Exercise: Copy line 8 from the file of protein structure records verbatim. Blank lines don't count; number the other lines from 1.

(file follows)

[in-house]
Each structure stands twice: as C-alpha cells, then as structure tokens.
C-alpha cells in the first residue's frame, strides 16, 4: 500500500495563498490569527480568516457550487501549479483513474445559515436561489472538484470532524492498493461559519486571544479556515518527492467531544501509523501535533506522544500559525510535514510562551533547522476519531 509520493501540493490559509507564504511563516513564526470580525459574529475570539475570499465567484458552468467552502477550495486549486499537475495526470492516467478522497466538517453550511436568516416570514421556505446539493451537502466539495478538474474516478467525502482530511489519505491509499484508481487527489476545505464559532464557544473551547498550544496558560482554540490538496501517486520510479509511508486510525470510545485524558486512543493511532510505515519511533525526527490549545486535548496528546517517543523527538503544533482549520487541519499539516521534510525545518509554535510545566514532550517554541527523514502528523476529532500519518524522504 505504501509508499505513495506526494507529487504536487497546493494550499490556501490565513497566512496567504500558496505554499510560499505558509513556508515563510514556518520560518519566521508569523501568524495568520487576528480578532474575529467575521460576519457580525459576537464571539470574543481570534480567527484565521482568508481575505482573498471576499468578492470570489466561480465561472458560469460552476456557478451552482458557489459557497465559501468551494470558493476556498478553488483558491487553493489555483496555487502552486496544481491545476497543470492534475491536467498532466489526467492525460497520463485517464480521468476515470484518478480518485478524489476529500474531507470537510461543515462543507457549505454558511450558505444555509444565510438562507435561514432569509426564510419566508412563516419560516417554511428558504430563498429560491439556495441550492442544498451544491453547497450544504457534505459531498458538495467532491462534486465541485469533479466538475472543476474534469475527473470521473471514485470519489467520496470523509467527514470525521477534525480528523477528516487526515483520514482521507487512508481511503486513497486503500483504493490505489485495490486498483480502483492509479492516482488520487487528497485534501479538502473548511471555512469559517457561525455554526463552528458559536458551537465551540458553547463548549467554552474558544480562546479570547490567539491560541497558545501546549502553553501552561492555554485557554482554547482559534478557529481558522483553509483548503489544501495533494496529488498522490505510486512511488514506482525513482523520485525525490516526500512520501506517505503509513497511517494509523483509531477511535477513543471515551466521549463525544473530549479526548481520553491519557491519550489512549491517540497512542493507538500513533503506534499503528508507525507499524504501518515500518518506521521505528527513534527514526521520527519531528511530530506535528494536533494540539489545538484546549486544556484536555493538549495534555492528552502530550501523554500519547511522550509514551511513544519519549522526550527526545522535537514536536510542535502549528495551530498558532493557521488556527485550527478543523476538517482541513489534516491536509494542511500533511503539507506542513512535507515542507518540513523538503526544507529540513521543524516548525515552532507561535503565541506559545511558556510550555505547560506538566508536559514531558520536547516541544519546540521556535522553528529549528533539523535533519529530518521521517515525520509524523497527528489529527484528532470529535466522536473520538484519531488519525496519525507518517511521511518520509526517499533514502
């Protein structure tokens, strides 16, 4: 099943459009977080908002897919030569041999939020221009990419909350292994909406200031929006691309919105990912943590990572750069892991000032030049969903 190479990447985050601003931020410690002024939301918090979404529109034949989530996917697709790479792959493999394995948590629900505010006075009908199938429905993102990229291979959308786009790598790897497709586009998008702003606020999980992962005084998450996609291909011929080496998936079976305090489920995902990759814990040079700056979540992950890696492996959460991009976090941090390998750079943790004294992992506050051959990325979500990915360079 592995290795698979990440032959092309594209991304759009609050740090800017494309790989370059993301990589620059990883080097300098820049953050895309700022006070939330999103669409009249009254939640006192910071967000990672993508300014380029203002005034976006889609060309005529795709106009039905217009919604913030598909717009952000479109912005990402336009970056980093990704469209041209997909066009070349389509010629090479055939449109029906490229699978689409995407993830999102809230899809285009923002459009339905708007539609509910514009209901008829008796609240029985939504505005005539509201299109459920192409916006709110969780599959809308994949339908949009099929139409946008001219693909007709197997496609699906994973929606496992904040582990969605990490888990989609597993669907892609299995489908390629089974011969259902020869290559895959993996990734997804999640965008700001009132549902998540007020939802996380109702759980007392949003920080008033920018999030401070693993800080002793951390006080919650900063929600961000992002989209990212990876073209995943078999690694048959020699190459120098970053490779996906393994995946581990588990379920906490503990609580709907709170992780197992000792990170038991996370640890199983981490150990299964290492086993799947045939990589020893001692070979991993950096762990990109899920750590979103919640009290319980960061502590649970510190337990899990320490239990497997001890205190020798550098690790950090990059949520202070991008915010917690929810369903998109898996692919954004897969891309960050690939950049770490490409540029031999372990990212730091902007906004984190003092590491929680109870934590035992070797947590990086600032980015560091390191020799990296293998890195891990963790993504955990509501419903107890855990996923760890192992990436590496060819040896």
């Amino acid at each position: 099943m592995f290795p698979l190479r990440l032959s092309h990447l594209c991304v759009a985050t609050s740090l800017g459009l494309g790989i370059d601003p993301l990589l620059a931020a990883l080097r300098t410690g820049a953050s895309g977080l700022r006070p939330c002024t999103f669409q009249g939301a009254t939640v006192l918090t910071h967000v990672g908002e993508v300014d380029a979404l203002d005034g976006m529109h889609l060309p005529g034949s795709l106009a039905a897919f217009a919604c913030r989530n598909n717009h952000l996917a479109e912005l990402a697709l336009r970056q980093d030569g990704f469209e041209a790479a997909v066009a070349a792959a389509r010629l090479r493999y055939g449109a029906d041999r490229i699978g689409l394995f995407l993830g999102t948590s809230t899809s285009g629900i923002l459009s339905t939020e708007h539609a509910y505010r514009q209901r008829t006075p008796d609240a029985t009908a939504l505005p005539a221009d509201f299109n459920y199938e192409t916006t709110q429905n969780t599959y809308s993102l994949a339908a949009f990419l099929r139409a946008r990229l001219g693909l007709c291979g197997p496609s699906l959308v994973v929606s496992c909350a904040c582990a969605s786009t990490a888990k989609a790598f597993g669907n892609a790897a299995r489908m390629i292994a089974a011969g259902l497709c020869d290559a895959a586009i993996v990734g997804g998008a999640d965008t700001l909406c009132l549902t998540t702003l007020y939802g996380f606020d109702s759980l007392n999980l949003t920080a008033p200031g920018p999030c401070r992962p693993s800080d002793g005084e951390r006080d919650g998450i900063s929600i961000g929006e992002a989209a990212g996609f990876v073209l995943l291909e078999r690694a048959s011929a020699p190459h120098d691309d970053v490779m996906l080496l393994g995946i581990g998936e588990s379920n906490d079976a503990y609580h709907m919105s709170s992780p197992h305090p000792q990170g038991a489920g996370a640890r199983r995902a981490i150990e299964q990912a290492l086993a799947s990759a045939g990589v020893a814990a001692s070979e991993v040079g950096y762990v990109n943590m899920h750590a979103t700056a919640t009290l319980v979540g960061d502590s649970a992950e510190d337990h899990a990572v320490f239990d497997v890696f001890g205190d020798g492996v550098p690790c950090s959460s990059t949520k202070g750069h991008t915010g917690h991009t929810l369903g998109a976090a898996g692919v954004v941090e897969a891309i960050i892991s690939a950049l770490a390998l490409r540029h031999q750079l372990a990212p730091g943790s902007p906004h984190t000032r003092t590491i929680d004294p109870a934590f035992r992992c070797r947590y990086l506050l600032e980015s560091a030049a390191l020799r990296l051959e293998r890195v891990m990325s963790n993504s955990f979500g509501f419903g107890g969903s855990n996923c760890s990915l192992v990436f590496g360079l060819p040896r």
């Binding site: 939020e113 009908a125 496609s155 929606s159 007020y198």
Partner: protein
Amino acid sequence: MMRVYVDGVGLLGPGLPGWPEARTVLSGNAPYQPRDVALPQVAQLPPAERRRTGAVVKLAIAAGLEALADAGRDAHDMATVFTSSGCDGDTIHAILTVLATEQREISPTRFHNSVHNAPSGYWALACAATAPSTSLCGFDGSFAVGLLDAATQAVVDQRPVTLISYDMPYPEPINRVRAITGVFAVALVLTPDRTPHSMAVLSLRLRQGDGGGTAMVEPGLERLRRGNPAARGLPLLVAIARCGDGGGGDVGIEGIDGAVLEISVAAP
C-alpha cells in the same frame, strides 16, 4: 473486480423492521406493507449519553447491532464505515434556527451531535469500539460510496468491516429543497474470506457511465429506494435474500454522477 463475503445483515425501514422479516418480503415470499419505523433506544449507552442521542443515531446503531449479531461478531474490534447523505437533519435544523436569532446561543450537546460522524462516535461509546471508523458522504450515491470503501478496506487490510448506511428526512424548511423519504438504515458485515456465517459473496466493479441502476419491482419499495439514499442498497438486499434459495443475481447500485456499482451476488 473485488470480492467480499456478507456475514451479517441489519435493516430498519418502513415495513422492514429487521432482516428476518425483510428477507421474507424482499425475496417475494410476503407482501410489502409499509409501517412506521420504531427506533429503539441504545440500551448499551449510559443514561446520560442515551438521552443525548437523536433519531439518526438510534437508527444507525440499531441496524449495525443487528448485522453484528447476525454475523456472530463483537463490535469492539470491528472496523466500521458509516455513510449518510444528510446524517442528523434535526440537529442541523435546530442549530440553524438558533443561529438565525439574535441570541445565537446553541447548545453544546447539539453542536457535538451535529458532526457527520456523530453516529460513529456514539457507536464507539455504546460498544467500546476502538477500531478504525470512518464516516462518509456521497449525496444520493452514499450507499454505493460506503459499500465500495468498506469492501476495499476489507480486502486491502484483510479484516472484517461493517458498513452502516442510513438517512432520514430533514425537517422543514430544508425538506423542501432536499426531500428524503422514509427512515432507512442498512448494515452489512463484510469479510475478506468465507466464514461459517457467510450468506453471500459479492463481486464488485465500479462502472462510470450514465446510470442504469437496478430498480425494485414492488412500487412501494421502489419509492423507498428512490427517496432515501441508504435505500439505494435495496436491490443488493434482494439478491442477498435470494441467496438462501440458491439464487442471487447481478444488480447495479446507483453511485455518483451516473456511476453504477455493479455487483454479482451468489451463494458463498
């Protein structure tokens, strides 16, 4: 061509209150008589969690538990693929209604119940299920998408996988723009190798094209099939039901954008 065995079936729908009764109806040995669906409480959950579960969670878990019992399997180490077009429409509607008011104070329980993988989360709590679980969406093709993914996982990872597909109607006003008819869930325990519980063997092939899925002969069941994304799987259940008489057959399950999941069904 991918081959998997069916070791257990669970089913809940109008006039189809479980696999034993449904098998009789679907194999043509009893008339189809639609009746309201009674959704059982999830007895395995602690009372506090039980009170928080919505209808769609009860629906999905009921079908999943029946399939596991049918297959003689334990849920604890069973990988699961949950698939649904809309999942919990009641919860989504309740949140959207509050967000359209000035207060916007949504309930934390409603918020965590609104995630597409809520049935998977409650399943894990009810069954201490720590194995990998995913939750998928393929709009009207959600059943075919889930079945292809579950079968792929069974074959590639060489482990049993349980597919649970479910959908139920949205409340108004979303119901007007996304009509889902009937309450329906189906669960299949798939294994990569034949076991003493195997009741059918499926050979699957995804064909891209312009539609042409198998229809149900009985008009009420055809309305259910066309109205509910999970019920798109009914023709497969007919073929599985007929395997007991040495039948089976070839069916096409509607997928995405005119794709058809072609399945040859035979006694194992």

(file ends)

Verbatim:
Amino acid sequence: MMRVYVDGVGLLGPGLPGWPEARTVLSGNAPYQPRDVALPQVAQLPPAERRRTGAVVKLAIAAGLEALADAGRDAHDMATVFTSSGCDGDTIHAILTVLATEQREISPTRFHNSVHNAPSGYWALACAATAPSTSLCGFDGSFAVGLLDAATQAVVDQRPVTLISYDMPYPEPINRVRAITGVFAVALVLTPDRTPHSMAVLSLRLRQGDGGGTAMVEPGLERLRRGNPAARGLPLLVAIARCGDGGGGDVGIEGIDGAVLEISVAAP